Sunday, January 22, 2012
We are called to be and make disciples, and while young people are certainly not the only ones who need a Savior, the path toward a relationship with Christ begins the moment we come into this world. You may or may not be a parent, but you absolutely have the power to make a positive difference in the lives of children. The influence we have as adults is indisputable; meaning, we don't get to choose if we have influence or not - we just do. However, the impact of that influence is well within our power.
I want my daughters to know I love God, their mother, them, and all people. I want them to know I will fail, miserably at times, at demonstrating this on a consistent basis. I want them to know the grace provided to us through Jesus covers it all, and I can only hope to demonstrate a mere fraction of this grace to others. So, I ask myself consistently if I am doing what I claim to believe. And, if I am not, I ask myself consistently what I should say and do differently to avoid the laziness and hypocrisy that's so easy to return to.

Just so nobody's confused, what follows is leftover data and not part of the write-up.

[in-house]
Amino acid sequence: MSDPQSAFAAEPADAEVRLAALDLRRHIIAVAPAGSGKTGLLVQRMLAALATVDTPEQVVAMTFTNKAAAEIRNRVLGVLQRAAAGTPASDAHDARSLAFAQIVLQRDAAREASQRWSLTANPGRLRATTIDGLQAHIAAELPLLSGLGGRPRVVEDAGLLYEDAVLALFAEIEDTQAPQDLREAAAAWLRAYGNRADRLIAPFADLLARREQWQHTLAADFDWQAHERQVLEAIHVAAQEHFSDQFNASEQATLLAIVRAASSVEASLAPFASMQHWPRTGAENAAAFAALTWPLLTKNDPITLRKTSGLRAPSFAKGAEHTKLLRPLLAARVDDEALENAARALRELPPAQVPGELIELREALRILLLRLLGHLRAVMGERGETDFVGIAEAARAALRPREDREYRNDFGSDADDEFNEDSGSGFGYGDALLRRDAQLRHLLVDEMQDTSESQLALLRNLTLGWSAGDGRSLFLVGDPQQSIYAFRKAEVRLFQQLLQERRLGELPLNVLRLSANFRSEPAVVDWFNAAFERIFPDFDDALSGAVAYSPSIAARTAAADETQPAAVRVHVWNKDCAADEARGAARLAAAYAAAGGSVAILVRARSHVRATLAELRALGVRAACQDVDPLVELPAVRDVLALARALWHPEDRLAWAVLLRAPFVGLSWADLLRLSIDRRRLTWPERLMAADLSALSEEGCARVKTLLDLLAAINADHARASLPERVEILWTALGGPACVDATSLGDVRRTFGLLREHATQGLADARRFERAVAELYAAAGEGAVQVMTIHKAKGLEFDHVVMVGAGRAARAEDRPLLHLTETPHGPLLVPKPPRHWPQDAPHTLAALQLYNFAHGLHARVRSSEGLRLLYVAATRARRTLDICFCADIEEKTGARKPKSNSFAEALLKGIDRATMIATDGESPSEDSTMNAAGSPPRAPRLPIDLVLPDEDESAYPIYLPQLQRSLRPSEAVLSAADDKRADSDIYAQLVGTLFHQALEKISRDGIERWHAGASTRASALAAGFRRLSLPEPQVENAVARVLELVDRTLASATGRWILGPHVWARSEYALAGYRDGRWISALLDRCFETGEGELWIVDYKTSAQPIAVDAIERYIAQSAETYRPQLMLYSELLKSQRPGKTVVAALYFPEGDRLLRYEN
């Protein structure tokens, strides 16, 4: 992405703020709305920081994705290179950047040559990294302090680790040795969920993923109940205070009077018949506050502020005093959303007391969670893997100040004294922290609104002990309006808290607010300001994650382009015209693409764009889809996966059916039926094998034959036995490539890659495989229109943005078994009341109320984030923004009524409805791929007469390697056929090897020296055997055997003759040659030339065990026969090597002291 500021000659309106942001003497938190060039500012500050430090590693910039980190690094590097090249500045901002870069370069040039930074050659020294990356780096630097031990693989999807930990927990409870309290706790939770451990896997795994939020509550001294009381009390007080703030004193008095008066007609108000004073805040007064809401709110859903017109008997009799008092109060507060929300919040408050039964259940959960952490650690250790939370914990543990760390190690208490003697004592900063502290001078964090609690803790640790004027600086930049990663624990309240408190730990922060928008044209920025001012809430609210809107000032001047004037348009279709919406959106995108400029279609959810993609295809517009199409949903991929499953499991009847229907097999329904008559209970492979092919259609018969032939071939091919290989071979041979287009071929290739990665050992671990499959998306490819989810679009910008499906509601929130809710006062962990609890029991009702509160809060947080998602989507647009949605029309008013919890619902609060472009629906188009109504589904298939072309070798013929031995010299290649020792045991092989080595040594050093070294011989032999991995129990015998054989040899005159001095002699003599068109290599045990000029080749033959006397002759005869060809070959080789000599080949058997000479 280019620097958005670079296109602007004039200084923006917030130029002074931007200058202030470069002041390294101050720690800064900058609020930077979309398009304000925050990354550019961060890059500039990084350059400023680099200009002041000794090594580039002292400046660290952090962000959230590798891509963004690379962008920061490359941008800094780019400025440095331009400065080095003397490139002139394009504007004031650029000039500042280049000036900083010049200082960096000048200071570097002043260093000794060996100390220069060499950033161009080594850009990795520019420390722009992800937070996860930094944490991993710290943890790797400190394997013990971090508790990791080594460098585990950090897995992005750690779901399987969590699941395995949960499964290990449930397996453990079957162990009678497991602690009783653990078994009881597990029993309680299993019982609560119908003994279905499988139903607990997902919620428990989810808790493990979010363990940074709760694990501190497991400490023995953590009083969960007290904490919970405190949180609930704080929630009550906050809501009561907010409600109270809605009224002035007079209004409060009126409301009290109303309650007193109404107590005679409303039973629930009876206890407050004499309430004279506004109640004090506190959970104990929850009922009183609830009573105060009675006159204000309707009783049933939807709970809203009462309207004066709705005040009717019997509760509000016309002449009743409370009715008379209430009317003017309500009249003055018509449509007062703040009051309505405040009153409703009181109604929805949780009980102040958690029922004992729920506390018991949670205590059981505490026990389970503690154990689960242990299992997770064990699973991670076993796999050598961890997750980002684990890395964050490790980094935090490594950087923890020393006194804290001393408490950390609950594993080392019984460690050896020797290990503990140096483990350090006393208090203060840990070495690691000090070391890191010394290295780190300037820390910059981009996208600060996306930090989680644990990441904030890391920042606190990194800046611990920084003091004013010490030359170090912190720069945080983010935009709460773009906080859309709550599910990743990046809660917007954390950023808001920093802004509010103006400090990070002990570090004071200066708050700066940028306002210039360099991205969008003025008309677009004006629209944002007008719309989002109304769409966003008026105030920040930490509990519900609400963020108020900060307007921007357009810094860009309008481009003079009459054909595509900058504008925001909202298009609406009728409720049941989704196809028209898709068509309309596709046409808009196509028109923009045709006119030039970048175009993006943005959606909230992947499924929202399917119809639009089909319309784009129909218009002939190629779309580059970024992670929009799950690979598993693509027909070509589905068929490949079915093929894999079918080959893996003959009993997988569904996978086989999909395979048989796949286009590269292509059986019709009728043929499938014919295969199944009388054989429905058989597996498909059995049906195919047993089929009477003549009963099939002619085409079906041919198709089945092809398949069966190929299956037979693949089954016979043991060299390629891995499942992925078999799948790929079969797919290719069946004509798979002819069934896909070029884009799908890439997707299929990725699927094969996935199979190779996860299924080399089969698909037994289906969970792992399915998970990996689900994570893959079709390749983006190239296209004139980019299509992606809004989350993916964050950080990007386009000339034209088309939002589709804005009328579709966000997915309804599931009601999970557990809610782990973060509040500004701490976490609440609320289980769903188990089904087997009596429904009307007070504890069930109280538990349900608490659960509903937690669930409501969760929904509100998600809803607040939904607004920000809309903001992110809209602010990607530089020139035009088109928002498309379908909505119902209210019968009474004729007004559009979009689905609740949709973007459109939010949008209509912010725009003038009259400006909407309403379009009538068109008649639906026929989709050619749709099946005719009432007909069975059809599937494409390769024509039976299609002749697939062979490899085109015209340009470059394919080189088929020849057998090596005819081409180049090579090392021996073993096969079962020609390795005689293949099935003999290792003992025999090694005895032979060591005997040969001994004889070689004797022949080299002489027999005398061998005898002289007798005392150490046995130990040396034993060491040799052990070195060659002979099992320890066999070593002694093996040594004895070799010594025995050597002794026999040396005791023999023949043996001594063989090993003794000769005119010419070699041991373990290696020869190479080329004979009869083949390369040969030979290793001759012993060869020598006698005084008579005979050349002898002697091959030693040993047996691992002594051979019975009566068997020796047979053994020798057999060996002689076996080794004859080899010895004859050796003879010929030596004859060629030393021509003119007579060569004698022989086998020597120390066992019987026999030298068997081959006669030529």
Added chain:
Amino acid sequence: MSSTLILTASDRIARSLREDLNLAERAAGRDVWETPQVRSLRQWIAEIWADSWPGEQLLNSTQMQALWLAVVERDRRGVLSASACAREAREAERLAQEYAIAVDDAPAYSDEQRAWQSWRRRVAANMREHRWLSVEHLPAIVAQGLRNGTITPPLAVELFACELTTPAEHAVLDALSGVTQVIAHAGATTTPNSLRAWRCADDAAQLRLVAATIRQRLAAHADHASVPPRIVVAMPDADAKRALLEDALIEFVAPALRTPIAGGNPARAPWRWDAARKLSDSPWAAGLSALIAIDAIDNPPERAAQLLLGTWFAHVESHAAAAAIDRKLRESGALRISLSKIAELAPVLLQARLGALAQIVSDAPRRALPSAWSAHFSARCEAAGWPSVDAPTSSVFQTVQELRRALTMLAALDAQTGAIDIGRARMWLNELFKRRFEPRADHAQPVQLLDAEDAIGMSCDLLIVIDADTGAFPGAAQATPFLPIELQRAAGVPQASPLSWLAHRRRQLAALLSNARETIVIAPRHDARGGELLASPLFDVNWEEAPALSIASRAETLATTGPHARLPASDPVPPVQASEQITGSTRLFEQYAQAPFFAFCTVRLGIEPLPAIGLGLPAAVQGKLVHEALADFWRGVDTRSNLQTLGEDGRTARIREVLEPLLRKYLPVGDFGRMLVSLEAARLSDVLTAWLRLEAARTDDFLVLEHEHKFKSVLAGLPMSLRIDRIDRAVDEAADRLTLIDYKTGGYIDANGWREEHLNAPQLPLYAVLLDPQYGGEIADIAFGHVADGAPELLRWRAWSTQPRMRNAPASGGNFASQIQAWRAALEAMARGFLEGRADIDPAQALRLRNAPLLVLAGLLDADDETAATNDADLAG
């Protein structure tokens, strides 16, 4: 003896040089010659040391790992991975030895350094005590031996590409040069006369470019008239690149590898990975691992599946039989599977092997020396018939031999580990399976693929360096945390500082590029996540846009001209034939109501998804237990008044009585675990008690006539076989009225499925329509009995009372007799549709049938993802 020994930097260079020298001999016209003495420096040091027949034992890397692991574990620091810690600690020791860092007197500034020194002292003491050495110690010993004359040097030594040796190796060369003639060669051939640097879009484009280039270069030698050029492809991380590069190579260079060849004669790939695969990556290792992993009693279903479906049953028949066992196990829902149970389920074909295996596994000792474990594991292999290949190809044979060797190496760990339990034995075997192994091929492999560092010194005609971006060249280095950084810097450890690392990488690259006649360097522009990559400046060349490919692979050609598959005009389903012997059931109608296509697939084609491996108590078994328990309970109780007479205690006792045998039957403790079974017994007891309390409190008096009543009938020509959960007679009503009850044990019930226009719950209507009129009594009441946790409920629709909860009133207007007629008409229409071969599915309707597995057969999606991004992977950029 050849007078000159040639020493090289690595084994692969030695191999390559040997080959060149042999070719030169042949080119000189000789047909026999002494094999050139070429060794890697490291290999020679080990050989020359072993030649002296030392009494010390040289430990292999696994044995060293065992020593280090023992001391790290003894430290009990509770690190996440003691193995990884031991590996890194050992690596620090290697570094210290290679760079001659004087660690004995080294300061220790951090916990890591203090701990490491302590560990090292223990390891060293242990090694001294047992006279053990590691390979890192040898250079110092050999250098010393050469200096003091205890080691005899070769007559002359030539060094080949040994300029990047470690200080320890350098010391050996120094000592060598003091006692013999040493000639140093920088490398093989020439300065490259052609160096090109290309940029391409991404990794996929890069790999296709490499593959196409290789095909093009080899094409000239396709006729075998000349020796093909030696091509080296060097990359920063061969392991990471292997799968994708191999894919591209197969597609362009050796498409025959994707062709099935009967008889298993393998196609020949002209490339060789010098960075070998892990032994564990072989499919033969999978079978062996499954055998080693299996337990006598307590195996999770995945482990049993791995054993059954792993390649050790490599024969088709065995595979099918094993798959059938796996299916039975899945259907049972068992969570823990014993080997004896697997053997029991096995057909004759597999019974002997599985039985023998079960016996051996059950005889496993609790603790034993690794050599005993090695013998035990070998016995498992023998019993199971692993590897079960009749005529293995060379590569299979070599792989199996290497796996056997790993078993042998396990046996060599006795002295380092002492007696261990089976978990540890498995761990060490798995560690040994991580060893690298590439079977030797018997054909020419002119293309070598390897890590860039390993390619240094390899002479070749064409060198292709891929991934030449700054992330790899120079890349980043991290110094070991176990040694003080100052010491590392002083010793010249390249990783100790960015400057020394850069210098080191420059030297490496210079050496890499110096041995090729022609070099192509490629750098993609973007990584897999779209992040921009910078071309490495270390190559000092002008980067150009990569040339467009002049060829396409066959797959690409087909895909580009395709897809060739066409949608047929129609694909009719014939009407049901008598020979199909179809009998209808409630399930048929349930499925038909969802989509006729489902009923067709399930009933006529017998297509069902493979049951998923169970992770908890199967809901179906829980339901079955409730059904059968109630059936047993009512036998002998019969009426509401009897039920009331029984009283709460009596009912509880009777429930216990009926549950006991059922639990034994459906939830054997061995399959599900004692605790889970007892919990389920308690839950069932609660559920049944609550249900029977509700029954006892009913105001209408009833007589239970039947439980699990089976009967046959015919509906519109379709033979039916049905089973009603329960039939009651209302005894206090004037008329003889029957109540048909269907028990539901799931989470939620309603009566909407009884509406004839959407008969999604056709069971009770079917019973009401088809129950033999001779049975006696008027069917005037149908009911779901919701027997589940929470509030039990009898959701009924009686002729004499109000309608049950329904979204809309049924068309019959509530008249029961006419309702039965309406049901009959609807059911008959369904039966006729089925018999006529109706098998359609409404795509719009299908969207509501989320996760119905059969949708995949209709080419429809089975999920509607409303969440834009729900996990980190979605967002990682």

My testimony is similar to many others I know. Regardless of how we come to know Jesus Christ as our Lord and Savior, it seems as though nearly all of us never know we need a Savior until we know how broken we are. And, we seem to never know how broken we are until we stumble and fall on our own - usually over and over and over again. The hardest lessons are the ones we have to learn ourselves. While we hope for shortcuts, there are none.
I want my children to obey and be safe. I don't want my children to resist and feel pain. But, you know, they will, and we have to let them. Encouraging disobedience and unsafe behavior is not the same as recognizing the reality it will and typically even needs to happen. That, in the end, is what trusting God is all about: We can't do it ourselves, but instead need Him, and He knows best - always.
I'm sure glad He's my Dad.